As I suspected, adding a "#pragma novector" reduced the execution time from 3 cycles per element to 2 cycles per element. 

 

McCalpinJohn
Black Belt
186 Views

Manually vectorizing the loop (with intrinsics) reduces the execution time to about 0.5 cycles per element -- a bit slower than I would like, but 6x faster than the compiler-generated VGATHER-based code and 4x faster than the scalar code.

It looks like the compiler is not doing an optimal job of removing the common sub-expressions from the vector loads in this case, with the assembly code looking like:

                                # LOE rdx rdi r9 r11 r12 eax ecx ebx r8d r10d r13d r14d r15d xmm5 xmm6 ymm0
..B9.83:                        # Preds ..B9.83 ..B9.82
        lea       1(%rax,%r14), %esi                            #1361.12
        vmovups   (%rdx,%rsi,4), %ymm1                          #1359.28
        movl      %r14d, %esi                                   #1052.1
        negl      %esi                                          #1052.1
        subl      %r15d, %esi                                   #1052.1
        addl      %eax, %esi                                    #1361.12
        addl      $8, %eax                                      #1358.35
        vaddps    (%rdx,%rsi,4), %ymm1, %ymm2                   #1361.12
        vmulps    %ymm0, %ymm2, %ymm3                           #1362.12
        vmovups   %ymm3, (%rdi,%r11,4)                          #1363.21
        addq      $8, %r11                                      #1358.35
        cmpl      %ecx, %eax                                    #1358.29
        jb        ..B9.83       # Prob 82%                      #1358.29

If I could remove some of the unnecessary index fiddling, the performance would probably be closer to the 0.25 cycles per element (2 cycles per loop) that I originally expected.

McCalpinJohn
Black Belt
186 Views

I still don't know why the compiler decides to generate the code for these loops using VGATHER instructions, but at least I figured out how to prevent it.

Using a temporary variable to hold the computed offset for the duration of the loop seems to do the trick.

The loop above becomes:

    register int offset_plus, offset_minus;
    offset_plus = Ngap+1;
    offset_minus = Ngap+Nwin;
    for (i=Nwin+Ngap; i<N-Nwin-Ngap; i++) {
        w_avg = avgscale2*(slidingsum[i+offset_plus]+slidingsum[i-offset_minus]);
    }

The code vectorizes cleanly with no messages about "gather" and no "vgather" instructions.  Execution time is about 0.45 cycles per element if I exclude the overhead of the timer calls.  The compiler unrolls enough to perform 16 loop iterations per pass, so about 7.2 cycles for the 15 instructions.  

The code is still not quite optimal.  For some reason the compiler is incrementing 5 registers by 16 each time through the loop and still needs to perform a compare instruction before the final branch.  Given that there are only 3 memory references (and the difference across the addresses is constant) this seems inefficient.  Hmmm.....  Two of the registers are used for the loads, with immediate offsets used for the second 8 elements in each input stream.  Two of the registers are used for the two stores -- maybe the store instruction does not allow the same sort of immediate offset?   The fifth register is used for the loop trip count.   Seems redundant....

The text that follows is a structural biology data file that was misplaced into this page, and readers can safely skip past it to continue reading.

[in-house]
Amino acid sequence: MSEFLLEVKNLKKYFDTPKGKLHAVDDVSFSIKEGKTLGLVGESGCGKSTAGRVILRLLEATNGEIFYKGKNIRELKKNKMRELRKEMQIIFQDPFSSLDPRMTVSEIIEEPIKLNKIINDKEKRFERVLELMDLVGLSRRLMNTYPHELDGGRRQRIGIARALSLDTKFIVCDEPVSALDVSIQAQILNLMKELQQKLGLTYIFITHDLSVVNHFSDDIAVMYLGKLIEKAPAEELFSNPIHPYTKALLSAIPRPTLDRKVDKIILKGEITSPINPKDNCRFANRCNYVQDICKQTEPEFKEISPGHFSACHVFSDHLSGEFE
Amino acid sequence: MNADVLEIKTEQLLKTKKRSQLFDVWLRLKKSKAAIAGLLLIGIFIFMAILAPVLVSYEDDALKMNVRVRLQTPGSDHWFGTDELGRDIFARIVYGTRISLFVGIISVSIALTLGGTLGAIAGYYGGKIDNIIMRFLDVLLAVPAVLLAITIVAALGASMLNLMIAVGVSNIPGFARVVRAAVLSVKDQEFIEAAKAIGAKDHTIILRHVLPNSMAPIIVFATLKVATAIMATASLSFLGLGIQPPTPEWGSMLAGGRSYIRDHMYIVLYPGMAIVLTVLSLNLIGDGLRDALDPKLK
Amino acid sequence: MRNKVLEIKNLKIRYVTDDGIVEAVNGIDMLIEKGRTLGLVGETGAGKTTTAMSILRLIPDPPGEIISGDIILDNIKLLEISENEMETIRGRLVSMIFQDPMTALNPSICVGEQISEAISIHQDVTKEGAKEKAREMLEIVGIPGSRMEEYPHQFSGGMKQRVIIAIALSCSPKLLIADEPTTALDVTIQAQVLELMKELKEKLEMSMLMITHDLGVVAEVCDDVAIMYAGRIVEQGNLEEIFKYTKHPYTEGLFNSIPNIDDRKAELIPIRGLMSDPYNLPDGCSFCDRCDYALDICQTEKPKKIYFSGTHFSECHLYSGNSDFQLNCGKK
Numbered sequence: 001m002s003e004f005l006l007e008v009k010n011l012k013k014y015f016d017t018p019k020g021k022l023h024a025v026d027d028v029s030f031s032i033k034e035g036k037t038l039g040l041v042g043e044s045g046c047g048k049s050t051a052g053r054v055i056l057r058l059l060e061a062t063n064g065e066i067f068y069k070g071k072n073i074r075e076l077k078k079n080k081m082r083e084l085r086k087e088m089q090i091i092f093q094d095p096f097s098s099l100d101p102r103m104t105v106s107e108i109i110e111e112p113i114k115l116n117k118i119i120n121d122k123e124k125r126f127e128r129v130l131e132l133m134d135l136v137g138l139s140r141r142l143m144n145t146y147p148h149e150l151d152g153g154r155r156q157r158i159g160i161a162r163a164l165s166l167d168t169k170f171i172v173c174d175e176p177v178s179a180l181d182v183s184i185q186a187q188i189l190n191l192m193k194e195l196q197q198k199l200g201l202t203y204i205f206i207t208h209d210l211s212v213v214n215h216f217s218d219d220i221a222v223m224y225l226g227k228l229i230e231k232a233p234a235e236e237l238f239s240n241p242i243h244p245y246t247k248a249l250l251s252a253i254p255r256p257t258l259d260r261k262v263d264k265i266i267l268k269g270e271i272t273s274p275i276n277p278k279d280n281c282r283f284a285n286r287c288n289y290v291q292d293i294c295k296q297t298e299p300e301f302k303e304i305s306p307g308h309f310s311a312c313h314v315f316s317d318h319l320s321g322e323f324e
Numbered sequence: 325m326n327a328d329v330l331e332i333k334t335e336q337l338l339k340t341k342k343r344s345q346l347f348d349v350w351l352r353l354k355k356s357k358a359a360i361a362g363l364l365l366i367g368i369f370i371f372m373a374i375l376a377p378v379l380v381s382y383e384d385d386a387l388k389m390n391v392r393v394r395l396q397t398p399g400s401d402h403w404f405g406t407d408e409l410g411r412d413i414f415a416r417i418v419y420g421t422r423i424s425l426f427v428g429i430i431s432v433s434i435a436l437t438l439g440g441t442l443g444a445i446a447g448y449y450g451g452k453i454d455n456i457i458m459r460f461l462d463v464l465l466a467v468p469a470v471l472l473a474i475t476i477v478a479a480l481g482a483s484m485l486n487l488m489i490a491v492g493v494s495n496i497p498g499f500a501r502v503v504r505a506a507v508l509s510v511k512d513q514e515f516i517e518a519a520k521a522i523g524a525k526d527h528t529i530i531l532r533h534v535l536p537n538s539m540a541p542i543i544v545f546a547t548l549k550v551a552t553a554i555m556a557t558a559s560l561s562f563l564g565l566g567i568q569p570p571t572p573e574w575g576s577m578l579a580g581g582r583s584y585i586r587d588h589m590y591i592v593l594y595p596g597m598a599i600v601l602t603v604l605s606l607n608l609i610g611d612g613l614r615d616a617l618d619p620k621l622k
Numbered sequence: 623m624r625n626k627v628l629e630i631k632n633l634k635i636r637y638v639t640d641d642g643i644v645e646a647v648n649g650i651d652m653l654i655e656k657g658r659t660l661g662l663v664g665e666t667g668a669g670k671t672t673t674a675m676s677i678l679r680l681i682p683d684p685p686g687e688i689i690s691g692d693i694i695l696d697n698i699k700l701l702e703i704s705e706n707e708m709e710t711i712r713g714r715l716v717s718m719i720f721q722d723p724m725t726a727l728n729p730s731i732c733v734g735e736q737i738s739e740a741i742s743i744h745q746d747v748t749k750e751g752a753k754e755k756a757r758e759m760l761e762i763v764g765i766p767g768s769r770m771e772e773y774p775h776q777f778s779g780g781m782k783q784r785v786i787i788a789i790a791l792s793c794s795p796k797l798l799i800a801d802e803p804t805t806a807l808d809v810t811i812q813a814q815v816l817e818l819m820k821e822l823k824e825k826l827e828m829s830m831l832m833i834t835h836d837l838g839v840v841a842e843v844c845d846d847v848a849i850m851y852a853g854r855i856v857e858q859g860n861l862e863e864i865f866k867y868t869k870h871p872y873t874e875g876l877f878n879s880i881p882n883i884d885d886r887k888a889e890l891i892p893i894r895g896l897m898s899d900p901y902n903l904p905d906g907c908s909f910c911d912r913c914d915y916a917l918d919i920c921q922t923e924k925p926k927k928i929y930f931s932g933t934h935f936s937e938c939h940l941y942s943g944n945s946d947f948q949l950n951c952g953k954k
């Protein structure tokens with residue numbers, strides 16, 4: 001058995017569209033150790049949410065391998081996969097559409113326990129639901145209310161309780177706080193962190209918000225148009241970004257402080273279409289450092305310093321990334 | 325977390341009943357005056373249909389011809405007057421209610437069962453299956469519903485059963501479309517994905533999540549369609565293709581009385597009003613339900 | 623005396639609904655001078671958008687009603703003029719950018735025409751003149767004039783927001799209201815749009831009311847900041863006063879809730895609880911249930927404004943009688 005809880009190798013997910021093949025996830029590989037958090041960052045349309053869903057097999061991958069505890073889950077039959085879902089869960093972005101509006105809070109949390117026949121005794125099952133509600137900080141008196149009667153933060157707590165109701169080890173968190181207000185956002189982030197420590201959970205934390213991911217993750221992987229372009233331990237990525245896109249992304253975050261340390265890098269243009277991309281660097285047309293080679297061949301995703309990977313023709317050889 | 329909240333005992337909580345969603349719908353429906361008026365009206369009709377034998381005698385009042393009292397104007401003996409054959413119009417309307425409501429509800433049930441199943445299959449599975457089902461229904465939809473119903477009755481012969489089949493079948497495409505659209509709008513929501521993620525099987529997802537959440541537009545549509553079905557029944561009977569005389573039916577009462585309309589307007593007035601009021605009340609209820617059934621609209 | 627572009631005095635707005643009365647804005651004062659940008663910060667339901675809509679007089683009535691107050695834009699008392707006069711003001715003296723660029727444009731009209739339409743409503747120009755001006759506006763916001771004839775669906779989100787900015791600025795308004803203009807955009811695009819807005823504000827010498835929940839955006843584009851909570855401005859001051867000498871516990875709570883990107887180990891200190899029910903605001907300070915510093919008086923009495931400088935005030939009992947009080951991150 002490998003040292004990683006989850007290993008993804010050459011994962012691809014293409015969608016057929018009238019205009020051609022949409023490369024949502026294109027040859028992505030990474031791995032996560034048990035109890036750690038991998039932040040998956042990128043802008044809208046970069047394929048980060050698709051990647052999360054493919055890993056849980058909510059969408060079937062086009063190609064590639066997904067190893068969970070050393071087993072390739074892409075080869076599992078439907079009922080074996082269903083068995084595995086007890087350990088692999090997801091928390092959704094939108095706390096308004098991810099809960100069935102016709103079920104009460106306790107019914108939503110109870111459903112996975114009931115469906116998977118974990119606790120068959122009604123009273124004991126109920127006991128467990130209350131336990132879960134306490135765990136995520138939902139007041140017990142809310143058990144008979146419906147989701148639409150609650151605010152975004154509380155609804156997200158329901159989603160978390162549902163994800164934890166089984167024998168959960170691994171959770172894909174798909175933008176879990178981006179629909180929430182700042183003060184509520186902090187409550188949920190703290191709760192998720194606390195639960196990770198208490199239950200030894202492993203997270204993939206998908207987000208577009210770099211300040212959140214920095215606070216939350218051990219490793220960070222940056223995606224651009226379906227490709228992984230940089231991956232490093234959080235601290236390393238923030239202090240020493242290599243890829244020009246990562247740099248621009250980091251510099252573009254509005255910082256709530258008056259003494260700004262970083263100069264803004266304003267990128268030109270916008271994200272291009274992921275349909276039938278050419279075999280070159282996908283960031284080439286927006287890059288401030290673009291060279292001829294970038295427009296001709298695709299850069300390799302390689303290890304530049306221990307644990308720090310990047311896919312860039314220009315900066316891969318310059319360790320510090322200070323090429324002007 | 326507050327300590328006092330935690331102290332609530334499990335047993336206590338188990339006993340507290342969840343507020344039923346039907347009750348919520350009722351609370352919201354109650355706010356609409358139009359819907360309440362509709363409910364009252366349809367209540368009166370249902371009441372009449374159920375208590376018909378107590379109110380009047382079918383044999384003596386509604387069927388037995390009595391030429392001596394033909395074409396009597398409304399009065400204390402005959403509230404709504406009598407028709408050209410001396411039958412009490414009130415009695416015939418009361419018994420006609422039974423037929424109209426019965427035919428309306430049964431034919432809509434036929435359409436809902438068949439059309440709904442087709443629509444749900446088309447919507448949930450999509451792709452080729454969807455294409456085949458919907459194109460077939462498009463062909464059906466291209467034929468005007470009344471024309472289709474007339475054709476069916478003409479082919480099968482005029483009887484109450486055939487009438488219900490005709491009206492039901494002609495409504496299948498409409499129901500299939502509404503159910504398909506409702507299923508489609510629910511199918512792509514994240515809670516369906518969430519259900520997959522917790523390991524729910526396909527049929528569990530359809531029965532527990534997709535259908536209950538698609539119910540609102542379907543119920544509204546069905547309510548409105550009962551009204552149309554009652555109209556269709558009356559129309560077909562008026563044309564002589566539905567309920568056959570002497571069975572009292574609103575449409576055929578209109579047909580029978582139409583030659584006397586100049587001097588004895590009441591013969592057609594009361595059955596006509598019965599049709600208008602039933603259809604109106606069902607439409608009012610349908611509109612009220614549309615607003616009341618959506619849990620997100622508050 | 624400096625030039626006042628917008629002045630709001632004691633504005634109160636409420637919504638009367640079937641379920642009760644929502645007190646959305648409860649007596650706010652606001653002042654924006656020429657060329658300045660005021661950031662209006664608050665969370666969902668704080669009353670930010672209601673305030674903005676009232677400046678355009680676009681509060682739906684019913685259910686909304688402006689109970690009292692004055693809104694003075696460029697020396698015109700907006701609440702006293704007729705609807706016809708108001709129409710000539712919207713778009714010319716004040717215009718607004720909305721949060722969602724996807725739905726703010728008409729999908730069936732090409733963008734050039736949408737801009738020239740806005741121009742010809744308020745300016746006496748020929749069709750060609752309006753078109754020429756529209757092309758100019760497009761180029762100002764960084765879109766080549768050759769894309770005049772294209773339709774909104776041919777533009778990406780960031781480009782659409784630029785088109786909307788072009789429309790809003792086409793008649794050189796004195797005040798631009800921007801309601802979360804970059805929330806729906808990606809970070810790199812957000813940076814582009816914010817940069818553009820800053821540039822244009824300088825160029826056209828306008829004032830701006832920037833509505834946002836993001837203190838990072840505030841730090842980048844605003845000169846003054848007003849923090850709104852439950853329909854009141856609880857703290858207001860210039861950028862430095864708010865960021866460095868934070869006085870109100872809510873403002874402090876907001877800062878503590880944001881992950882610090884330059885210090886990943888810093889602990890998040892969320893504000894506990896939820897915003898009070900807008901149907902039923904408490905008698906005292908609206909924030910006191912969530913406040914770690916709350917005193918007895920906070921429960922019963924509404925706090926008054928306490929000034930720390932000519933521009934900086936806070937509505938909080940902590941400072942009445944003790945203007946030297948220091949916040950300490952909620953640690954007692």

TimP
Black Belt
186 Views

I submitted a case 5 months ago where the compiler implements stl transform by vgather when targeting knc. Ips6000059929. For knc it is normal to use vgather for remainder loop, so the cause may be entirely different.

McCalpinJohn
Black Belt
186 Views

I found the problem & generated a trivial reproducer (appended)...  Compile with:

icc -O3 -xCORE-AVX2 -std=c99 -qopt-report=5 -S VGATHERPS_reproducer.c 

Then look for the loops that were compiled with VGATHERPS using:

grep gather VGATHERPS_reproducer.optrpt 

 

Summary:

  • The icc 15.0.3 compiler will generate a loop using VGATHERPS instructions (for the CORE-AVX2 target) if an array offset uses an unsigned variable.

Notes:

  • It does not matter if the unsigned variable is a register variable, a const variable, or an ordinary local variable.
  • It does not matter if the loop index is also unsigned.
  • All nine cases that I tested using unsigned variables in array index calculations generate VGATHERPS code, while none of the four cases using signed variables do so.
  • Limited checks with the Intel 16 compiler show the same behavior.
#include <stdio.h>
#include <stdint.h>

int VGATHERPS_reproducer(
	int			N,
	int			N1,
	uint32_t			N2,
	float* restrict		source,
	float* restrict		target
)
{
	int i;
	uint32_t j;
	int var_offset;
	unsigned int unsigned_offset;
	const unsigned int unsigned_const_offset=N2+1;
	register int reg_offset;
	const int const_offset=N2+1;
	float scale;

	scale = 1.0/(float)N1;